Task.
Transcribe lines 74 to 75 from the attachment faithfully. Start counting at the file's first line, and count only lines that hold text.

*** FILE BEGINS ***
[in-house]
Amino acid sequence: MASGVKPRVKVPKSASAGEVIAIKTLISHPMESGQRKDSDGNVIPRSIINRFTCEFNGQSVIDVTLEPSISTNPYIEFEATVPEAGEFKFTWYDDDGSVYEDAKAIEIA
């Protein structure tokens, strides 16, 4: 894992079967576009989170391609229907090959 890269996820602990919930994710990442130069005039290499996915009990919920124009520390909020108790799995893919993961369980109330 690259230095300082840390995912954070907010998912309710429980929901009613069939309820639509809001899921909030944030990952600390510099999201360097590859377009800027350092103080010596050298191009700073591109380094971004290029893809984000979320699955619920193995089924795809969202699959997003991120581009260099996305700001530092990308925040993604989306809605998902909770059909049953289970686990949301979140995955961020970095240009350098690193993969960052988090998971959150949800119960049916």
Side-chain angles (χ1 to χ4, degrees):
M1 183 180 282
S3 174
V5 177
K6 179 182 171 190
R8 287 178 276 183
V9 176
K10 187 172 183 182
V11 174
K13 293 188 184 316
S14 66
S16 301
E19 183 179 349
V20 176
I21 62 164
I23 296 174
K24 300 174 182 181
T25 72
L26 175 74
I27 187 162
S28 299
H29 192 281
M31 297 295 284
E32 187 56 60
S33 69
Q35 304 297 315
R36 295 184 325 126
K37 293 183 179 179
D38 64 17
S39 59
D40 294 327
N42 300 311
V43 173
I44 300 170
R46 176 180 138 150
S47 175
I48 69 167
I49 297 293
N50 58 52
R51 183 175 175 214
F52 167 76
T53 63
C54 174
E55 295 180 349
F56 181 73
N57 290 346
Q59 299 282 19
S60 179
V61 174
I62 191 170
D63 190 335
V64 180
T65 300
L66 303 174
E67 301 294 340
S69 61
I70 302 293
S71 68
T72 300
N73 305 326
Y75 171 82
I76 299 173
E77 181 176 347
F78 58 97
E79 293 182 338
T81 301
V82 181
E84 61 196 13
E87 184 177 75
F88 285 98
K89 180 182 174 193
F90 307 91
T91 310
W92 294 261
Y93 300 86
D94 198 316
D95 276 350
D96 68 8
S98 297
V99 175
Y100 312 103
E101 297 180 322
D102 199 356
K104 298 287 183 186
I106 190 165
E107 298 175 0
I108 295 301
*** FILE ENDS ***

K89 180 182 174 193
F90 307 91